Many publications feature collections of writings, such as short stories, essays and poems. Some include author profiles, interviews, critiques or biographies. The colloquial term for this type of publication is ”lit mag,” which is short for ”literary magazine.” You might also hear a lit mag referred to as a ”literary journal.”
The first magazine of its type can be traced back to 1684, in France. In the United States, the North American Review was published in 1815, making it the first lit mag in this country. Lit mags typically accept both solicited and unsolicited submissions. To save yourself and the editors a lot of time and effort, you’ll want to be sure to check your submission (preferably more than once) before sending it to request publication.
Make sure someone else has read your lit mag submission
Writers often make the mistake of briefly reading through their own work, thinking it’s great, then sending it to a lit mag, only to be disappointed when it’s rejected. This problem can often be avoided simply by asking one or more people to read what you’ve written before you send it to a literary journal.
Whether it’s a poem, a story or an essay, allowing someone else to read it is a friendly portal to constructive criticism. If you ask five people to read your story and get zero positive feedback, you might want to keep working on it before submitting it to a lit mag. It’s also helpful to have someone read your submission aloud to you.
Do not submit to a lit mag without reading the publication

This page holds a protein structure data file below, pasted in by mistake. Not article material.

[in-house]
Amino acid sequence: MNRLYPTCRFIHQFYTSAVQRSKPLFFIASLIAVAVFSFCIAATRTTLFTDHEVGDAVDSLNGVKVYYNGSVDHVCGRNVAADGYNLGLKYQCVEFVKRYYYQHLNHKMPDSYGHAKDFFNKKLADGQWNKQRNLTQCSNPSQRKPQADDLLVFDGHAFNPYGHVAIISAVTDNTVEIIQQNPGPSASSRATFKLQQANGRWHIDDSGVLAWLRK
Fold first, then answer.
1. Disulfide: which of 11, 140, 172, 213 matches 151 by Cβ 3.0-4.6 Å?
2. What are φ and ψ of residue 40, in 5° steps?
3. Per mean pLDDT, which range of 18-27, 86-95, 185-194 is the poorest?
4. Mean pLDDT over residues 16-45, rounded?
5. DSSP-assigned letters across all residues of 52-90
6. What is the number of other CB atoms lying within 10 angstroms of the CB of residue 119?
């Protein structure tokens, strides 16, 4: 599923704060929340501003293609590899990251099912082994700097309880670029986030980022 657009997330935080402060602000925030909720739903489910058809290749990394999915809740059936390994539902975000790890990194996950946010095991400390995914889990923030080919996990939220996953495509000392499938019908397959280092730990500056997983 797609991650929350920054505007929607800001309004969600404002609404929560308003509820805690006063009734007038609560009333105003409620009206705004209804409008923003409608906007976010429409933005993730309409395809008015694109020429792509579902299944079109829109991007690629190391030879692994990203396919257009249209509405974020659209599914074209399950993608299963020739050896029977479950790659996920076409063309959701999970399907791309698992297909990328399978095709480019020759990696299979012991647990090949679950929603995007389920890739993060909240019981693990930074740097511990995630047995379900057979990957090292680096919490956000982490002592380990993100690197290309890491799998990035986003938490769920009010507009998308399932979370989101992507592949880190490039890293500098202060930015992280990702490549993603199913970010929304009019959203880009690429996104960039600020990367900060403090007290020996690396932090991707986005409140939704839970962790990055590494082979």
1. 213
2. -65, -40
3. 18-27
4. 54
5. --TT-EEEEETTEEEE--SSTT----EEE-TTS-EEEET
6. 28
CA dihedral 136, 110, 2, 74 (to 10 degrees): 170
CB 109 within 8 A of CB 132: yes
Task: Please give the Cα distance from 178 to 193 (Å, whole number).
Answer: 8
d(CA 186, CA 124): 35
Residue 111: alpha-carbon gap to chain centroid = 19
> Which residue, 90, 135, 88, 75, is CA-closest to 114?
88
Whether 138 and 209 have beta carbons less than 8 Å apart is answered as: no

Before you sit down to write with the specific goal of producing a piece of writing as a submission to a literary journal, it would be best if you read the journal you have in mind. The editors who review your work will want to feel like you have a good grasp on the tone of the publication. This is not to say that you must be a cookie-cutter author. However, it is best if you submit something that aligns with the overall style of the magazine you have chosen.
Never write and send immediately—always wait a week, or more
If you sit down and pound the keys for five hours straight, thinking you have created a wonderful story or poem or essay that readers might enjoy, the worst thing you can do is submit it to a lit mag on the spot. Always walk away from your completed work. Let it sit for, at least 24 hours, then carefully read through it again (and, as mentioned earlier, ask others to read it, as well).
Walk away, yet again, for another 24 hours, and continue this process for a week or more. You might even want to let it sit two or three days in between reviews. Only after your writing has withstood the test of this time of scrutiny should you consider submitting it for publication.
Check whether the lit mag you have in mind has formatting or submission rules
If you jump the gun and send a submission to a lit mag without first checking if there are submission guidelines or rules to follow, you’ll be setting yourself up for disappointment. For example, if you send a single-spaced submission to a journal that requires all submissions to be double-spaced, do you think your piece will even make it off the first editor’s desk?
To increase your chances of having a story or poem or essay published in a lit mag, check and double check to ensure that you have met all submission and formatting requirements.
Don’t give up if a lit mag rejects your submission
Just because one publication rejects your work, doesn’t mean all lit mags will do the same. If you get shut down on your first try, you can be proactive in several ways. First, ask the editors for feedback and suggestions on how you can improve the submission. Make revisions, then send it to another literary journal. You must find a publication that is a good fit for your writing. If your dream is to have your writing published in a lit mag, keep working, until that dream becomes a reality.